Technology and mental health: The role of e-mental health services in practice

Presentation First Author: 
Michelle Blanchard


A range of evidence-based e-mental health offerings have been developed and designed for young people. These online tools and interventions take the form of apps, websites and telehealth services, and serve a range of purposes on the spectrum from wellbeing to clinical care, ranging from encouraging self-managed wellbeing, to assistance in help-seeking, to resources to augment face-to-face treatment and to prevent relapse.

These e-mental health offerings and services are low cost, can be anonymous, and are accessible irrespective of geographic location. However, despite these developments, a range of challenges are hindering the uptake of such services, including:

• Many young people and their parents or carers do not know how to navigate the e-Mental health landscape.

• Mental health practitioners (psychiatrists, psychologists, general practitioners etc.) and other professionals that work with young people (school counsellors, welfare workers, youth workers etc.) are overwhelmed by the volume and ever-changing nature of the online environment which can result in a reluctance to embrace technology in the assessment, diagnosis and treatment of mental ill health.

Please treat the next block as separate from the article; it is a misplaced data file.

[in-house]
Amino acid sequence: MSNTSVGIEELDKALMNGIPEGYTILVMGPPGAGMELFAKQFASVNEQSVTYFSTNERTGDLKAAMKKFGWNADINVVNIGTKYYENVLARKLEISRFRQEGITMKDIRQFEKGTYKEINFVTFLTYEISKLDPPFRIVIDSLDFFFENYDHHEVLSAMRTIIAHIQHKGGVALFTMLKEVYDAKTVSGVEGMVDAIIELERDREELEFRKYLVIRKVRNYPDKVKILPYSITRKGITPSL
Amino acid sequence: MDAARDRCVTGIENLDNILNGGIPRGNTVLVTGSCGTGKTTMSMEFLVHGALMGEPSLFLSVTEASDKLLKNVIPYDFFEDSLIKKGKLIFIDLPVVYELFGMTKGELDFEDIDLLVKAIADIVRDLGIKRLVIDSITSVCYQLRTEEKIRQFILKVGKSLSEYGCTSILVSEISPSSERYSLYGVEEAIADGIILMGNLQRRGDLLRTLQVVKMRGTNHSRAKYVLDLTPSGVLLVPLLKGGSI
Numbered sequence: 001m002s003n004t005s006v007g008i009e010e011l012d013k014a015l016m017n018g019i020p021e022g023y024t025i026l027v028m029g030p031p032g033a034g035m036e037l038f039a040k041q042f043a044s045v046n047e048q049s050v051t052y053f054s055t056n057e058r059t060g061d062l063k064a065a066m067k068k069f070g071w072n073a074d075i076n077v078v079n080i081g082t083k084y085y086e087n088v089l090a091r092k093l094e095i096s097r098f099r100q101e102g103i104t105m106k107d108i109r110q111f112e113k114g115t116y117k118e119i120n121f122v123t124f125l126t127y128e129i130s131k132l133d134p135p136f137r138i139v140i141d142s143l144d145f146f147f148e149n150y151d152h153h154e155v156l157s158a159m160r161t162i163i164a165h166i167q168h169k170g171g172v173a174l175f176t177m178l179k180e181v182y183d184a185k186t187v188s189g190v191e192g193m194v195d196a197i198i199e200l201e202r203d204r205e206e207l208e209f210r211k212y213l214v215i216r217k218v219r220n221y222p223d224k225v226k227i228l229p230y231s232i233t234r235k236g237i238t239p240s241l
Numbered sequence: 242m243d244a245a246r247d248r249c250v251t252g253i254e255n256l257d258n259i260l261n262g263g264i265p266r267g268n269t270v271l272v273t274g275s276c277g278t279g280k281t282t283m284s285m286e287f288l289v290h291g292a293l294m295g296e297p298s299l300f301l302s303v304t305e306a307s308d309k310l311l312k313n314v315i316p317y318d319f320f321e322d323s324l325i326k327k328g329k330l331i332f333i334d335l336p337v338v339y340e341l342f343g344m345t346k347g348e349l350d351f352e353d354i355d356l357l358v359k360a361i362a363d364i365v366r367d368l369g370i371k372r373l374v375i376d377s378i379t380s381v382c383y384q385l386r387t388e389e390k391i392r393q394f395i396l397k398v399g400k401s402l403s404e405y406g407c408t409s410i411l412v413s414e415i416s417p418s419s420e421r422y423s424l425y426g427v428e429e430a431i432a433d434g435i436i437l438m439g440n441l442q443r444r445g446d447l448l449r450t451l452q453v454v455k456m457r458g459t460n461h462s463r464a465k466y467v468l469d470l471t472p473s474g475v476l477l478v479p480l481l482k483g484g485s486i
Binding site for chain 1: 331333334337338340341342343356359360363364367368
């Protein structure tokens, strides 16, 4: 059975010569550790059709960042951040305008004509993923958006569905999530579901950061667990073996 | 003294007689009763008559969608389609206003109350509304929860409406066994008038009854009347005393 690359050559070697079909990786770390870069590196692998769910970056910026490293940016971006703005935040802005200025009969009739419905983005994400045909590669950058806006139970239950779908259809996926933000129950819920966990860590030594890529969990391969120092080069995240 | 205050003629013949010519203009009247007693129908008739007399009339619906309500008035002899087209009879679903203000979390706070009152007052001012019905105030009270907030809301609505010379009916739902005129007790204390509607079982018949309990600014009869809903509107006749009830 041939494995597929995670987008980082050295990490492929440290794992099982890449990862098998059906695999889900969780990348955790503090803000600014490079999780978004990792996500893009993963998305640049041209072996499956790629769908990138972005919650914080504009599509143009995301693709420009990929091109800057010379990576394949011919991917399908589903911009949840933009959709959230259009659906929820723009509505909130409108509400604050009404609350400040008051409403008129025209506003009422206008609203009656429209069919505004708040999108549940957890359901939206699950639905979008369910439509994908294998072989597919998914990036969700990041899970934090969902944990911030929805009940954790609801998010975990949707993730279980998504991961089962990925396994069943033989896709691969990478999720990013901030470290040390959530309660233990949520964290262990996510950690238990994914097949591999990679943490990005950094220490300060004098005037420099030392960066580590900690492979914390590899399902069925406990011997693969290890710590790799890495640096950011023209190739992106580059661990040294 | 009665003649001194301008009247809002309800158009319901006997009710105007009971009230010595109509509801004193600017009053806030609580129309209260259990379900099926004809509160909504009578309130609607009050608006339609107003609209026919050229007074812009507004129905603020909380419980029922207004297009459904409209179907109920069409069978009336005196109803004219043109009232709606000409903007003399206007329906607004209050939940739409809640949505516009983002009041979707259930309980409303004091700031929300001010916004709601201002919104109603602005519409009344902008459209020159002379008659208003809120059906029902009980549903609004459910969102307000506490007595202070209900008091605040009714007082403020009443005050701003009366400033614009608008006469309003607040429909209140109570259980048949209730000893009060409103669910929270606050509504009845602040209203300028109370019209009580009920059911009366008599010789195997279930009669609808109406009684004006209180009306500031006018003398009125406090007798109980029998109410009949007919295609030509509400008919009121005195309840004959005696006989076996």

• Workplaces and educational institutions lack the knowledge of e-mental health to impart to their employees, or struggle make sense of how to best tailor this knowledge to the specific demographics of their workforce.

• At a policy and infrastructure level there are impediments to uptake such as lack of incentives for professionals to refer to e-Mental health solutions (no subsidies or credentialing of apps etc.) and rules such as social media bans in the classroom.

Objectives of presentation:

This presentation aims to take the form of a short workshop, and introduce mental health professionals to practical techniques that will assist them to get the most out of e-mental health services and integrate these offerings into their practice.

By beginning to educate interested parties – including workers with young people in health, education and welfare, members of the general public, workers in Governments, NGO’s and businesses organisations – in how to use technology to provide best-practice mental health and wellbeing care for young people, it is hoped that existing e-mental health offerings will be more widely embraced in clinical practice, and therefore more rigorously evaluated by mental health professionals.

Conference Name: 
Date of Presentation: 
10th Oct 2015
Type of presentation: 
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